Close to half (44 percent) of employees admit they have deferred healthcare during the COVID-19 pandemic. The Willis Towers Watson survey of 5,000 employees in October 2020 also found that “29 percent who have deferred care said their health suffered as a result of cancelling an appointment or treatment, while 40 percent say their health will suffer.”
The American Cancer Society reports "a substantial decline in cancer screening." According to the Epic Health Research Network, when COVID-19 was initially declared a national emergency, there was an abrupt drop in preventive cancer screenings. Specifically, colon cancer screenings declined by 86 percent and breast and cervical cancer screenings by 94 percent.
Delayed screenings may result in an advanced cancer diagnosis, identified at a later stages leading to delayed treatment and therefore a poorer prognosis.
- Dr. Jeffrey Drebin, chair of the department of surgery at Memorial Sloan Kettering Cancer Center in New York City, says even a month or two deferral substantially reduces a patient’s chance for curative options because of delays in surgery, chemotherapy or other treatments.
- In the words of John Carethers, chair of internal medicine at the University of Michigan, “We had a backlog of over 5,000 colonoscopies alone from the spring shutdown.”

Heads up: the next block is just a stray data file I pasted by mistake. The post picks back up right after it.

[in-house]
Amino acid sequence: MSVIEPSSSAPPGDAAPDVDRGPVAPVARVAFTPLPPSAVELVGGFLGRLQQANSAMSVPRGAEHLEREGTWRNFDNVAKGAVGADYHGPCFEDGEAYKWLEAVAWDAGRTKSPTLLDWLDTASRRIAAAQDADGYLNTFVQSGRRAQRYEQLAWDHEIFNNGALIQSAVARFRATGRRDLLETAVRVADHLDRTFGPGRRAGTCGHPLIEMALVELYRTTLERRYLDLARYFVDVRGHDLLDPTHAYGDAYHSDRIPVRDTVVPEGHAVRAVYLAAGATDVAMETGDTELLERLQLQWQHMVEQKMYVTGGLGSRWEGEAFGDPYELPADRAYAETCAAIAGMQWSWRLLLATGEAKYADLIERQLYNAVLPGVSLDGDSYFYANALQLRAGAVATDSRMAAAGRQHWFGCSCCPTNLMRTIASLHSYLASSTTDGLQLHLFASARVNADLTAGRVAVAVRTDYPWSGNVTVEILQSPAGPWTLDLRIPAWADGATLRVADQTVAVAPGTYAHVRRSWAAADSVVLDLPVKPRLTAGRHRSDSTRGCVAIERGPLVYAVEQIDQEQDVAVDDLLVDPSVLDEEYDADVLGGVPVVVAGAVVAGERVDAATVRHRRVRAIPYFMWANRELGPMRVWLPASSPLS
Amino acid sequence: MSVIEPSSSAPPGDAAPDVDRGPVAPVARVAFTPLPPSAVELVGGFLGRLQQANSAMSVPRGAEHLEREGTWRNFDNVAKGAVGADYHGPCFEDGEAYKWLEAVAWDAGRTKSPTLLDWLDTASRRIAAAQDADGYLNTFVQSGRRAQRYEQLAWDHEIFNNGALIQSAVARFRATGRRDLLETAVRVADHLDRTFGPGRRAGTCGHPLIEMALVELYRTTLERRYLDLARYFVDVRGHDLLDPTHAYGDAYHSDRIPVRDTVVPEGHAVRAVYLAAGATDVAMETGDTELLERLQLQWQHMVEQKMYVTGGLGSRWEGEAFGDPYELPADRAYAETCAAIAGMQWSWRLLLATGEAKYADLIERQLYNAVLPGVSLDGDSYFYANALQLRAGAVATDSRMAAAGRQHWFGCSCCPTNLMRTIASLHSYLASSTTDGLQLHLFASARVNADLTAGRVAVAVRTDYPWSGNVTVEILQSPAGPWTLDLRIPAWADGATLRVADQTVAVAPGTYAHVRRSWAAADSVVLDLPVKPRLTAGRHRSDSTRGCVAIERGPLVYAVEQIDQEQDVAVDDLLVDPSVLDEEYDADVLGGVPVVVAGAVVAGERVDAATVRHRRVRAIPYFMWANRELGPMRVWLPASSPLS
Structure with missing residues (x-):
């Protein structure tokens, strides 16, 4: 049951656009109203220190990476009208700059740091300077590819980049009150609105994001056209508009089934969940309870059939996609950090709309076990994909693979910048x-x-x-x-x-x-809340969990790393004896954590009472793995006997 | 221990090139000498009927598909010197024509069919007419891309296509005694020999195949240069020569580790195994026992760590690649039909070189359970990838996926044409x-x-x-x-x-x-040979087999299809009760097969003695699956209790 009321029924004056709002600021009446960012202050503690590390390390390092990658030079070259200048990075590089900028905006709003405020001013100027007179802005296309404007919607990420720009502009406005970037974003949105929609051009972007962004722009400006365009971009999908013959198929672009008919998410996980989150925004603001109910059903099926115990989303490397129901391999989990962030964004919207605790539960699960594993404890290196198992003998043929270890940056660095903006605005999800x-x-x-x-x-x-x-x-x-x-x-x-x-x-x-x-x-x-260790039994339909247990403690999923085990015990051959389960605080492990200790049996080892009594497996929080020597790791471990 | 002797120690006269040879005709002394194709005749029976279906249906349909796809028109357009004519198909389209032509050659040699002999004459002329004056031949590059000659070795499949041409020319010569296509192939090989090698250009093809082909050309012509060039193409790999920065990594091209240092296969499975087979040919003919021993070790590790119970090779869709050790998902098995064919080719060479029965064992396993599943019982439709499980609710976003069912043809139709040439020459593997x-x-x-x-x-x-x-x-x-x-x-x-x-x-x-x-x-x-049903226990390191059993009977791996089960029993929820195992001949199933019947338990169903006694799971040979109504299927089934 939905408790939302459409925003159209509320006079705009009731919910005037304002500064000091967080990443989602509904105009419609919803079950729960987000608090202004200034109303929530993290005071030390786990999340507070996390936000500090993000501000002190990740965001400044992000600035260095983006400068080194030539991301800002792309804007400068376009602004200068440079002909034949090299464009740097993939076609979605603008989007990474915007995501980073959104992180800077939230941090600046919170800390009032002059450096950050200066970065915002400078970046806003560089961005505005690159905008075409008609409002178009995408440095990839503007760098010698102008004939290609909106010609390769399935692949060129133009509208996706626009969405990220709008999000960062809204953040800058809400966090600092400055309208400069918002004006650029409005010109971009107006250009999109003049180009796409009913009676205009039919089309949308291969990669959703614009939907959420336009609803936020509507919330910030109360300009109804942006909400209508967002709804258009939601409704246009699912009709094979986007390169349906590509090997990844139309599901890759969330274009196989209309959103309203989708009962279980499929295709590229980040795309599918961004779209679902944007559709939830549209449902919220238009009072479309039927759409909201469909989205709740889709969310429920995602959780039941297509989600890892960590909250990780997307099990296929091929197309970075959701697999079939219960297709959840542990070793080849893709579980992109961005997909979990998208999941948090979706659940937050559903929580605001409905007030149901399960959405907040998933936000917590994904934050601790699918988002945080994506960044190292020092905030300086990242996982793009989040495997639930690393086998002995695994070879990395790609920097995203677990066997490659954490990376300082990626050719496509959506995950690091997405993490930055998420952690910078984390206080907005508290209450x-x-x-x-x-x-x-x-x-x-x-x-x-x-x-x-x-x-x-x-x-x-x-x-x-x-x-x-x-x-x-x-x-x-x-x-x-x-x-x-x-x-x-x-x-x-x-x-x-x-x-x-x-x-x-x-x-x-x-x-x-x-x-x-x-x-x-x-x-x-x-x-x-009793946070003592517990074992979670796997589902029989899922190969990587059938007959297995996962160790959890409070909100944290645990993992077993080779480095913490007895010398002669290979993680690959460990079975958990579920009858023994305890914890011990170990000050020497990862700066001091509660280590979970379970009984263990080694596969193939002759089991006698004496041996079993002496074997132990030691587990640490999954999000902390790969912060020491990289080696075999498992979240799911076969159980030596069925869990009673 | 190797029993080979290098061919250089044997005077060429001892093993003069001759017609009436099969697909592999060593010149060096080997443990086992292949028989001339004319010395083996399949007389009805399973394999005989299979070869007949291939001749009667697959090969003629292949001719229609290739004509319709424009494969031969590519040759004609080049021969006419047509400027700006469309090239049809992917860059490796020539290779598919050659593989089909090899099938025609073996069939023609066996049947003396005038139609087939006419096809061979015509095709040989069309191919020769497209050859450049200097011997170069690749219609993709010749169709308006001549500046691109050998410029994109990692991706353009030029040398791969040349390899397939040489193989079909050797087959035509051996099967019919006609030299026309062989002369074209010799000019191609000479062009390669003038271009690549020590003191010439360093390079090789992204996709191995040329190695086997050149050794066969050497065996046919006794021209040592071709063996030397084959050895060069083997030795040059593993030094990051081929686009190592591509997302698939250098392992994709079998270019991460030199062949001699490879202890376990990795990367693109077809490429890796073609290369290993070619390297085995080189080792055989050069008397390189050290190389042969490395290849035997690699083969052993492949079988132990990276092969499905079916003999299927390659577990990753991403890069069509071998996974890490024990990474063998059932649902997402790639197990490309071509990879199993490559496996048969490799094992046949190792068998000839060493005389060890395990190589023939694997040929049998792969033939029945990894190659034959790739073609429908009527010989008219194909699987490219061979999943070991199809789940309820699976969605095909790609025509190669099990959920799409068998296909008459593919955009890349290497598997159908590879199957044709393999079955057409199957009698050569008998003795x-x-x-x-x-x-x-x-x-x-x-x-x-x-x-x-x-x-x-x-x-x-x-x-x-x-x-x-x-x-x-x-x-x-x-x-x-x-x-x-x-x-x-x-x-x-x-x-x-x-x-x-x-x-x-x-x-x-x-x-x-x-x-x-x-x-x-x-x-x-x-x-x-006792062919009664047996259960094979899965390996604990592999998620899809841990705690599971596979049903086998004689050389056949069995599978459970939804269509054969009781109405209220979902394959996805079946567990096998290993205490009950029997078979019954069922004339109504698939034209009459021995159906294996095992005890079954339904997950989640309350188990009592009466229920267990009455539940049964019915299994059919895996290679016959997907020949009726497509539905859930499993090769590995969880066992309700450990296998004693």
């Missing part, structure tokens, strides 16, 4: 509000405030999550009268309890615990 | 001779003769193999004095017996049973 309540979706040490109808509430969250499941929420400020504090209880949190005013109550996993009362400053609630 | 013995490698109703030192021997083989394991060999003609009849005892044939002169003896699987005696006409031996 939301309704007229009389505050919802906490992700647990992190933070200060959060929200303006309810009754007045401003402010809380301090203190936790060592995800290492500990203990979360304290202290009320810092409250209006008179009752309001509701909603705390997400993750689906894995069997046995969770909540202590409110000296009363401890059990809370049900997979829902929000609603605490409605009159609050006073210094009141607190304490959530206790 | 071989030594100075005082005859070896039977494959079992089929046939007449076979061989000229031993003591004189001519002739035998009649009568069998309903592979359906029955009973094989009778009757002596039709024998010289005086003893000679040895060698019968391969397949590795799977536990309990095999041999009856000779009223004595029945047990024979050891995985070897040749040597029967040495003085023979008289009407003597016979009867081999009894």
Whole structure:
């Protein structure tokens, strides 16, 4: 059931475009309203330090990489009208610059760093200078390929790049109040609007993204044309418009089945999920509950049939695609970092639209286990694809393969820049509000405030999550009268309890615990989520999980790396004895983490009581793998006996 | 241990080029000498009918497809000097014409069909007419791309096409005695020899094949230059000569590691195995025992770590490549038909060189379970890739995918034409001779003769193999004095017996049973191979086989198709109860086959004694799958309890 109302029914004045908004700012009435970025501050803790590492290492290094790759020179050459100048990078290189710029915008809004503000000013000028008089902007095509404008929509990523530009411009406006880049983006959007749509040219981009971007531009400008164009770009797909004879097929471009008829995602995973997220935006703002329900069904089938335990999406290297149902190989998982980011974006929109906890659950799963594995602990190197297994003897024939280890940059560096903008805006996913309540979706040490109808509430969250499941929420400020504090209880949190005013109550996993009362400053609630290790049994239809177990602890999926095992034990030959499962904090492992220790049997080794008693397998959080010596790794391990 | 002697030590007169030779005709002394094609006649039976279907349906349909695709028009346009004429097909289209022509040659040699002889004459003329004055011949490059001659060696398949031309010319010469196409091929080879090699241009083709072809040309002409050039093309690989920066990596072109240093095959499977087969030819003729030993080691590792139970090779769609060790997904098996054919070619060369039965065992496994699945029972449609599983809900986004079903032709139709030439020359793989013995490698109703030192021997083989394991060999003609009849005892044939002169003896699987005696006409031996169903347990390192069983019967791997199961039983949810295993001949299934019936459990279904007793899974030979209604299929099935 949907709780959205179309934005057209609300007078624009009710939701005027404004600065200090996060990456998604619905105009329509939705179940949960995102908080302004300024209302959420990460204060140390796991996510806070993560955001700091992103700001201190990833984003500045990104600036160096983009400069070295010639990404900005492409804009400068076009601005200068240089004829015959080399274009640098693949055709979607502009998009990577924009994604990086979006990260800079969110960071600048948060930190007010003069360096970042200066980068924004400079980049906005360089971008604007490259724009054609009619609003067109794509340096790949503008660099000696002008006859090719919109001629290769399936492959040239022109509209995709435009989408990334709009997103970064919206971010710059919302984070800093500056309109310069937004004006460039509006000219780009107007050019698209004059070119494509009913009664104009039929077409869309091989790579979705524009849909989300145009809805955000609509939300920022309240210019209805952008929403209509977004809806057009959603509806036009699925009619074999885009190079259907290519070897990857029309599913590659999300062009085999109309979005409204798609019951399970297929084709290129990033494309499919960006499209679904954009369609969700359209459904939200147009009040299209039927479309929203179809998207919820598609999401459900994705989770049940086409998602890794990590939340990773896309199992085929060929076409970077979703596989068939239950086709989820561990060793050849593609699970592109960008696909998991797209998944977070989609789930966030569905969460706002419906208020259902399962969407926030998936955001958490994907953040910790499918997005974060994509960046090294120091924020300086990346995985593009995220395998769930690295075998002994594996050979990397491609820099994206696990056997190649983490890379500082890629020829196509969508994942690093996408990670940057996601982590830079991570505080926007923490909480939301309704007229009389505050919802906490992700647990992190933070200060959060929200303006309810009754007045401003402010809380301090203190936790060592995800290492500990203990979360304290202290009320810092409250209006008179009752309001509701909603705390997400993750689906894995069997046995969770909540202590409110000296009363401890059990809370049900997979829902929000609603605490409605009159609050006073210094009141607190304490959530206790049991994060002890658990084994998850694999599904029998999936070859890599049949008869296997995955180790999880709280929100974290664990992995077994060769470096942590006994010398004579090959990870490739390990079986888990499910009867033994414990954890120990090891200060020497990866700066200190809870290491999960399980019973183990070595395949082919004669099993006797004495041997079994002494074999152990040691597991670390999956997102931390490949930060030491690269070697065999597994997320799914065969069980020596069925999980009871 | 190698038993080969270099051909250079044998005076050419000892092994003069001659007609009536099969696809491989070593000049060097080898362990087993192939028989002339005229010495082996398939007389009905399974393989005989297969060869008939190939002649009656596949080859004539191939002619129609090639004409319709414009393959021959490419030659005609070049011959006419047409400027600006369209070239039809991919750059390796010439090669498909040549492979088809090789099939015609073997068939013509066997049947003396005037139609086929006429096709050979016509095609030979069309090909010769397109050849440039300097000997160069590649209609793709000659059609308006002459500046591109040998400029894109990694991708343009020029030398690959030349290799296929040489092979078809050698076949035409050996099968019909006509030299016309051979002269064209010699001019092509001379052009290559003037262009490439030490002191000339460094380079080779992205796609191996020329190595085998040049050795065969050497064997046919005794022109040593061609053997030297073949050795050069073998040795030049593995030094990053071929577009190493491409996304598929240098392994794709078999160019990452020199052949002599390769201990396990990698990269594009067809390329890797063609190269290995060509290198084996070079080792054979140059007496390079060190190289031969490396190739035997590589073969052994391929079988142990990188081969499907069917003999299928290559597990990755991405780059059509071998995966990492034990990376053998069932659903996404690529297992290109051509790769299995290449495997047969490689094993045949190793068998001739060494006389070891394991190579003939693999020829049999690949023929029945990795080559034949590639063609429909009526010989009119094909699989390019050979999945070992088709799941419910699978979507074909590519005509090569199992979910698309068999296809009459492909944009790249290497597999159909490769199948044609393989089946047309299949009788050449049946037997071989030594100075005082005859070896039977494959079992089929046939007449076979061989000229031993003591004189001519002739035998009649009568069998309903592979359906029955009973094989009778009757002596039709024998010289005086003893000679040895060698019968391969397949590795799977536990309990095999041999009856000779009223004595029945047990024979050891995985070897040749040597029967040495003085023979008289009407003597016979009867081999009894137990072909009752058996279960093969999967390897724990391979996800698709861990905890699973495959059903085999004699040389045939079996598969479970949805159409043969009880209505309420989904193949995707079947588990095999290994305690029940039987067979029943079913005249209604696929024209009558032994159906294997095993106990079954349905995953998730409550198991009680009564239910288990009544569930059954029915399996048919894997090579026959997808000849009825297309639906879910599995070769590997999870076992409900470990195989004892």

- Dr. Norman Sharpless, director at the National Cancer Institute, predicted, “Lack of screenings and treatments could result in almost 10,000 excess deaths from breast and colorectal cancer in the next decade.”
In short, deferred healthcare has consequences.
Now imagine, a health plan or hospital has the ability to categorize its member or patient population and predict which patients are at the highest risk of deterioration or complications due to deferred care. A care manager can then prioritize and personalize the activation and engagement of those members, encouraging them to return to care whether that’s in-person or through a virtual visit.
Well, that’s precisely the methodology that’s described in our new health plan case study, Improving the Triple Aim With Next-Generation Identification, Stratification and Engagement. I encourage you to download the case study now to learn how our health plan client was able to improve the Triple Aim. Specifically, the plan realized:
- An estimated cost savings of more than $7,500 per member.
- $3 in health cost savings for every $1 in administrative cost spent.
- A 289 percent increase in member engagement.